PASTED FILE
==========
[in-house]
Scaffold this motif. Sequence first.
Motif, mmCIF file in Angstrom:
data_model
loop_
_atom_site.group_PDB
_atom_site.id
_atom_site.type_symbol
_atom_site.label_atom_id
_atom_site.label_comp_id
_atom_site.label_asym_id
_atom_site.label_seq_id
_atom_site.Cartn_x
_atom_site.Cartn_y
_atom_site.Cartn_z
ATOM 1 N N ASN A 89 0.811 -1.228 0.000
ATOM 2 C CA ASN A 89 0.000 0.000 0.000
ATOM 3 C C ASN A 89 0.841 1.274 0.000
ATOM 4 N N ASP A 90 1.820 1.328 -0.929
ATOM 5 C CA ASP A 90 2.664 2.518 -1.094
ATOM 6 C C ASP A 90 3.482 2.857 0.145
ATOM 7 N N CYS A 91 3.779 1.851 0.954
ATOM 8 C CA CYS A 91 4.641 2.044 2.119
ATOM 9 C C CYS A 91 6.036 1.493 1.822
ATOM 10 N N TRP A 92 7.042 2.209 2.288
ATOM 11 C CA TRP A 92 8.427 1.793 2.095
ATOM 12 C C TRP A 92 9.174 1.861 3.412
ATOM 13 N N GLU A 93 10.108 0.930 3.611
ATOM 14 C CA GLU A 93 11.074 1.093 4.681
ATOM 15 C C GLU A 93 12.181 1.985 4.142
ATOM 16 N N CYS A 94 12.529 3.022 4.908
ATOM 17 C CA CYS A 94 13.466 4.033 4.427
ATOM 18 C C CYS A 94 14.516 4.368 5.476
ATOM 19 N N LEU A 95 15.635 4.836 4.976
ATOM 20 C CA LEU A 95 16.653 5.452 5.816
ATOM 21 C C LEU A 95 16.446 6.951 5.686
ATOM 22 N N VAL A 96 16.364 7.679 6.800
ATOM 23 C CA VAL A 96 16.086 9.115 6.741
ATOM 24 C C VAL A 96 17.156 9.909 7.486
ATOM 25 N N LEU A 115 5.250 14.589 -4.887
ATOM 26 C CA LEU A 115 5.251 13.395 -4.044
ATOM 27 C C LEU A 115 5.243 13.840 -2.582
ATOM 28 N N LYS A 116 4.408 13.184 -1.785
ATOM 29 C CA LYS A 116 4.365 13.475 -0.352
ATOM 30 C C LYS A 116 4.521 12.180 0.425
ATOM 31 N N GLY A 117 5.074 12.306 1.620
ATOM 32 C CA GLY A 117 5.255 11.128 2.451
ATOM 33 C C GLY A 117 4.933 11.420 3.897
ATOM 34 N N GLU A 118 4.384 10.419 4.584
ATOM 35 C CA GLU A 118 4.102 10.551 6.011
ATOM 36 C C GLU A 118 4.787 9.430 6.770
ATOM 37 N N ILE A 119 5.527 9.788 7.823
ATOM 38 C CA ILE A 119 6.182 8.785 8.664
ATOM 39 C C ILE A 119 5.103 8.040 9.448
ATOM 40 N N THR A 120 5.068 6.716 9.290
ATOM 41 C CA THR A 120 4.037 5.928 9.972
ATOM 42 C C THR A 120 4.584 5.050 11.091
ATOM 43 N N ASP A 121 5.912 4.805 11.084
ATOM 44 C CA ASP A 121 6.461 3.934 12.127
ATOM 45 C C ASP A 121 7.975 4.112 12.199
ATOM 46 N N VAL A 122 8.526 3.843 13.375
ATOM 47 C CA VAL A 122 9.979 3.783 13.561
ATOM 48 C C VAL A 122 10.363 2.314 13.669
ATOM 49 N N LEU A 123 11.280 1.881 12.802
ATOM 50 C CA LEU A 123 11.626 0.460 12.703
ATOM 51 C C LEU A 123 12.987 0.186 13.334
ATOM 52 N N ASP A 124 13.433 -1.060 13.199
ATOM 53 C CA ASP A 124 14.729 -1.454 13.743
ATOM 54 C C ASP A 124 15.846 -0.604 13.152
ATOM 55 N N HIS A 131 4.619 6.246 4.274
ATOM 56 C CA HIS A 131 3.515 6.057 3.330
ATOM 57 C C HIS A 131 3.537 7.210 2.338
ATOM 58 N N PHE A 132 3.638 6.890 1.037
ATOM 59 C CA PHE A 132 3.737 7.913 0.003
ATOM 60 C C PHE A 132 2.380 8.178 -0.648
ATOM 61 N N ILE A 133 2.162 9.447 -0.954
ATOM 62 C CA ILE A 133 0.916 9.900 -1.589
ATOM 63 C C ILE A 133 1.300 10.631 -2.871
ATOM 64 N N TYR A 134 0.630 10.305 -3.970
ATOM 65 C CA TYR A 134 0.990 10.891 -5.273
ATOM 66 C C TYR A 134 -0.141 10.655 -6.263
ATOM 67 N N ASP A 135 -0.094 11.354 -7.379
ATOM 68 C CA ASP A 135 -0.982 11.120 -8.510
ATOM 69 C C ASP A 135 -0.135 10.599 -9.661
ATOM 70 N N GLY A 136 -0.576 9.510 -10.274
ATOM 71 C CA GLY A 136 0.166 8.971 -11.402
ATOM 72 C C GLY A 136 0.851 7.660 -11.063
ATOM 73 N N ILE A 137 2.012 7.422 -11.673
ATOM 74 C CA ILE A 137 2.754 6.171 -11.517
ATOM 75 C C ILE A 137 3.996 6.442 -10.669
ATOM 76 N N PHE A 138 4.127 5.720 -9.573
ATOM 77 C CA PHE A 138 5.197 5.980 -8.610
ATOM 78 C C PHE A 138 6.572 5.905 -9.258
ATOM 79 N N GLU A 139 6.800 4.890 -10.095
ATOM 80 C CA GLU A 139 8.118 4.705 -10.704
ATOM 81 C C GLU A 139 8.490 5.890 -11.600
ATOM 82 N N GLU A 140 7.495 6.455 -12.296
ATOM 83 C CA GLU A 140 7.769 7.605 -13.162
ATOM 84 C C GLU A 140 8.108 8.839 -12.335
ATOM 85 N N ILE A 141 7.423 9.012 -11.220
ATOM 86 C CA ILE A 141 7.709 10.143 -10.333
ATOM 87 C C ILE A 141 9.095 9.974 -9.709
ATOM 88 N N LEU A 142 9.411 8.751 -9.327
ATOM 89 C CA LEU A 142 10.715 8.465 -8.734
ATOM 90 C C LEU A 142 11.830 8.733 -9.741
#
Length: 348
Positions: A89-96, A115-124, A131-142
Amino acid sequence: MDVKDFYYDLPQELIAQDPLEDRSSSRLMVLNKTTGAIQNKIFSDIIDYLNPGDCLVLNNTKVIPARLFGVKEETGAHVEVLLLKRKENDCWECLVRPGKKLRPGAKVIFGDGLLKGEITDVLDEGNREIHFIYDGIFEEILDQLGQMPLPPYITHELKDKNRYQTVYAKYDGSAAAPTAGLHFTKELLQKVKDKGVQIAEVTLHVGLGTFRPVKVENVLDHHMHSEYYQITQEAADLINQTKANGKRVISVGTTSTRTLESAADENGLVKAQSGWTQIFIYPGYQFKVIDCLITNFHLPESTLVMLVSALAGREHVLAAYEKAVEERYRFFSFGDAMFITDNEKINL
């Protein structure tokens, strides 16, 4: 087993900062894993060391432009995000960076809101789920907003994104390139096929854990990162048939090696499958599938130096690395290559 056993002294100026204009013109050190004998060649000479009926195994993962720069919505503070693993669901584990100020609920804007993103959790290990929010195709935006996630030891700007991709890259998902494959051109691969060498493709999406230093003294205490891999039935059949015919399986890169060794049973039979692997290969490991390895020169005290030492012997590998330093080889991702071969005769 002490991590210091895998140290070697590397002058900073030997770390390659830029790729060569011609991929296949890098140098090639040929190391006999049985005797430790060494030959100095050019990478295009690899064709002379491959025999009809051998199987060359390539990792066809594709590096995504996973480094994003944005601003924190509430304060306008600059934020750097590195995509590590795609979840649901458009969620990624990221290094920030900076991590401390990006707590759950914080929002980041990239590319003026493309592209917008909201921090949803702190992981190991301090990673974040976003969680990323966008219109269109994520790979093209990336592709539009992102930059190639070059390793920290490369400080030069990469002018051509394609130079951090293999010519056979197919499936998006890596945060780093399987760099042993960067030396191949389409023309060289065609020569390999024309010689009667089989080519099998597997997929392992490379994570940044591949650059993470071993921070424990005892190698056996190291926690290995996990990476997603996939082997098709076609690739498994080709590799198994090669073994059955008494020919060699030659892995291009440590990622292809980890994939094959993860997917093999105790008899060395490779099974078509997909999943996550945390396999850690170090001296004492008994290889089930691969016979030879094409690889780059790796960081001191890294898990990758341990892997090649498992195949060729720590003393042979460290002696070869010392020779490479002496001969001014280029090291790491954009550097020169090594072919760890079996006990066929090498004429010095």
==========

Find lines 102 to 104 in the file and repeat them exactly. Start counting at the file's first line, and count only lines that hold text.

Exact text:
ATOM 87 C C ILE A 141 9.095 9.974 -9.709
ATOM 88 N N LEU A 142 9.411 8.751 -9.327
ATOM 89 C CA LEU A 142 10.715 8.465 -8.734